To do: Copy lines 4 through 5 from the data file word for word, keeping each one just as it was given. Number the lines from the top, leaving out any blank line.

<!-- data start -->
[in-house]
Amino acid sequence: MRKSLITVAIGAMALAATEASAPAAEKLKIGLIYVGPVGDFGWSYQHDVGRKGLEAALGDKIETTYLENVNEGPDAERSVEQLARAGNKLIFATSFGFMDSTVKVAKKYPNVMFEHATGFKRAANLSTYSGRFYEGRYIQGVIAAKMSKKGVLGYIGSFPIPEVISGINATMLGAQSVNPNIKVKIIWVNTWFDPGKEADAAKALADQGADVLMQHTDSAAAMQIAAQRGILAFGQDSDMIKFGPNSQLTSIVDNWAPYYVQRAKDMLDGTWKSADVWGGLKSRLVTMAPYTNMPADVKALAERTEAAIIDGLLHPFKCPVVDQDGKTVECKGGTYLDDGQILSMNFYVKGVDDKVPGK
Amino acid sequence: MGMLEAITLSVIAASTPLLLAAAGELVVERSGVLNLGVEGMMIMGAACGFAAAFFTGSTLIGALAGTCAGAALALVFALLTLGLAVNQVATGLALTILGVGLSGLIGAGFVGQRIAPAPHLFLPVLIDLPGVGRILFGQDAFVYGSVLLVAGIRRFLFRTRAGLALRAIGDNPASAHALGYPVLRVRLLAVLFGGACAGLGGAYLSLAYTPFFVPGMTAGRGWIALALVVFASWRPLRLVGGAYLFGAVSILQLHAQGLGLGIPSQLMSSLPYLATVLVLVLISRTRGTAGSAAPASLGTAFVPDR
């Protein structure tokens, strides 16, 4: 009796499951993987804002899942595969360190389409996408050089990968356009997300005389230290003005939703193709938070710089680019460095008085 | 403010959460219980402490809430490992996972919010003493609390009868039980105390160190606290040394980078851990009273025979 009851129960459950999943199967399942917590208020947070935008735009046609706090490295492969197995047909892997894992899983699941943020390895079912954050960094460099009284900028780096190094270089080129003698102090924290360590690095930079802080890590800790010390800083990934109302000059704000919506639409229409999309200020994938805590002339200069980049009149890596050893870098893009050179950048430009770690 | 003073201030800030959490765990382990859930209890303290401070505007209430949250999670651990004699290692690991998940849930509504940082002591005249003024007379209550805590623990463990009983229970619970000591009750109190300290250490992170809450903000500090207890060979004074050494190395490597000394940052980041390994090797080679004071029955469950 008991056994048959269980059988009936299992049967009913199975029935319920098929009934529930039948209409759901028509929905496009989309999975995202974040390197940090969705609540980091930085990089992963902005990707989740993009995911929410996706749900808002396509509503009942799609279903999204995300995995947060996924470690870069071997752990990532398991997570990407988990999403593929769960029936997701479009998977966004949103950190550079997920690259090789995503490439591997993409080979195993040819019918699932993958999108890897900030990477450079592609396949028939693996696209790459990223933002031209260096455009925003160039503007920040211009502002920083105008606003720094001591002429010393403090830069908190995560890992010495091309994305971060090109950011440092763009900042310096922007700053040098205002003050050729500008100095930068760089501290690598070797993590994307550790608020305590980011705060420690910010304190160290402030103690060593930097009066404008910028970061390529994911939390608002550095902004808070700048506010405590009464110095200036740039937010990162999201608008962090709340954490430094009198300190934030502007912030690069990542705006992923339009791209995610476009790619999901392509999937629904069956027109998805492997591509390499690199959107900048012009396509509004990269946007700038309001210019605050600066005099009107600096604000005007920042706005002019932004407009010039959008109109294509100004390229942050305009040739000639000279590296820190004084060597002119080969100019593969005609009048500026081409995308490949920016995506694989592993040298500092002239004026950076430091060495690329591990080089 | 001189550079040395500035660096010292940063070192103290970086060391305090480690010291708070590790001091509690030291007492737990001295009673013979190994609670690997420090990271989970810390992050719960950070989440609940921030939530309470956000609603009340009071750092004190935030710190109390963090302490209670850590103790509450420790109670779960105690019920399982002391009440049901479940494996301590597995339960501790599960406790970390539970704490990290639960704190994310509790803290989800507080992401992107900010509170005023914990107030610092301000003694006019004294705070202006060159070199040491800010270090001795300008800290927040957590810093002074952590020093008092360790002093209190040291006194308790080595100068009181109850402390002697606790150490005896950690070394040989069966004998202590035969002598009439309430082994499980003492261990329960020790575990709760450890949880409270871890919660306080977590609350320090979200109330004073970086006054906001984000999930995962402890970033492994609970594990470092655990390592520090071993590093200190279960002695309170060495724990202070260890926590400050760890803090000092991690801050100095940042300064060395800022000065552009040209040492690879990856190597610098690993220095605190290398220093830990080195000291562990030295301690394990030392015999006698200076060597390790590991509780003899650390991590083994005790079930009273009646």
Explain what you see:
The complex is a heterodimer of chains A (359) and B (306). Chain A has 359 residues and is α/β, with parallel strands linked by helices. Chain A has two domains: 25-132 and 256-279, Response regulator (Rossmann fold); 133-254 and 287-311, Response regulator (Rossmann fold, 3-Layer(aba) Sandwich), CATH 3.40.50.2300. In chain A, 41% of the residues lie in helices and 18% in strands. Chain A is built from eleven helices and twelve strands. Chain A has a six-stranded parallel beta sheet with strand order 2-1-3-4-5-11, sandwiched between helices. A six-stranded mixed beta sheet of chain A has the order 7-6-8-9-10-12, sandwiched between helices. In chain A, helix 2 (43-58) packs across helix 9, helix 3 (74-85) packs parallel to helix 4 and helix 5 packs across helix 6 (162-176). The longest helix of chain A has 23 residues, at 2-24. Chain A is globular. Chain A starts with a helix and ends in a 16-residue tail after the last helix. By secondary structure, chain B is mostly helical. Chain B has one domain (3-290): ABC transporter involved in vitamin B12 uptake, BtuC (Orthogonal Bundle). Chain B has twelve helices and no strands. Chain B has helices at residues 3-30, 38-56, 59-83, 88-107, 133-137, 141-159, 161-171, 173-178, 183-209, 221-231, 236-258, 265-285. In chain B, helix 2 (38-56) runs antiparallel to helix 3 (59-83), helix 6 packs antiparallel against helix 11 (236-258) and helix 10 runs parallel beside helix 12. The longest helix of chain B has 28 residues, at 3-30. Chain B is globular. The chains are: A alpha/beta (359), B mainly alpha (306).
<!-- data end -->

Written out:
């Protein structure tokens, strides 16, 4: 009796499951993987804002899942595969360190389409996408050089990968356009997300005389230290003005939703193709938070710089680019460095008085 | 403010959460219980402490809430490992996972919010003493609390009868039980105390160190606290040394980078851990009273025979 009851129960459950999943199967399942917590208020947070935008735009046609706090490295492969197995047909892997894992899983699941943020390895079912954050960094460099009284900028780096190094270089080129003698102090924290360590690095930079802080890590800790010390800083990934109302000059704000919506639409229409999309200020994938805590002339200069980049009149890596050893870098893009050179950048430009770690 | 003073201030800030959490765990382990859930209890303290401070505007209430949250999670651990004699290692690991998940849930509504940082002591005249003024007379209550805590623990463990009983229970619970000591009750109190300290250490992170809450903000500090207890060979004074050494190395490597000394940052980041390994090797080679004071029955469950 008991056994048959269980059988009936299992049967009913199975029935319920098929009934529930039948209409759901028509929905496009989309999975995202974040390197940090969705609540980091930085990089992963902005990707989740993009995911929410996706749900808002396509509503009942799609279903999204995300995995947060996924470690870069071997752990990532398991997570990407988990999403593929769960029936997701479009998977966004949103950190550079997920690259090789995503490439591997993409080979195993040819019918699932993958999108890897900030990477450079592609396949028939693996696209790459990223933002031209260096455009925003160039503007920040211009502002920083105008606003720094001591002429010393403090830069908190995560890992010495091309994305971060090109950011440092763009900042310096922007700053040098205002003050050729500008100095930068760089501290690598070797993590994307550790608020305590980011705060420690910010304190160290402030103690060593930097009066404008910028970061390529994911939390608002550095902004808070700048506010405590009464110095200036740039937010990162999201608008962090709340954490430094009198300190934030502007912030690069990542705006992923339009791209995610476009790619999901392509999937629904069956027109998805492997591509390499690199959107900048012009396509509004990269946007700038309001210019605050600066005099009107600096604000005007920042706005002019932004407009010039959008109109294509100004390229942050305009040739000639000279590296820190004084060597002119080969100019593969005609009048500026081409995308490949920016995506694989592993040298500092002239004026950076430091060495690329591990080089 | 001189550079040395500035660096010292940063070192103290970086060391305090480690010291708070590790001091509690030291007492737990001295009673013979190994609670690997420090990271989970810390992050719960950070989440609940921030939530309470956000609603009340009071750092004190935030710190109390963090302490209670850590103790509450420790109670779960105690019920399982002391009440049901479940494996301590597995339960501790599960406790970390539970704490990290639960704190994310509790803290989800507080992401992107900010509170005023914990107030610092301000003694006019004294705070202006060159070199040491800010270090001795300008800290927040957590810093002074952590020093008092360790002093209190040291006194308790080595100068009181109850402390002697606790150490005896950690070394040989069966004998202590035969002598009439309430082994499980003492261990329960020790575990709760450890949880409270871890919660306080977590609350320090979200109330004073970086006054906001984000999930995962402890970033492994609970594990470092655990390592520090071993590093200190279960002695309170060495724990202070260890926590400050760890803090000092991690801050100095940042300064060395800022000065552009040209040492690879990856190597610098690993220095605190290398220093830990080195000291562990030295301690394990030392015999006698200076060597390790590991509780003899650390991590083994005790079930009273009646």
Explain what you see: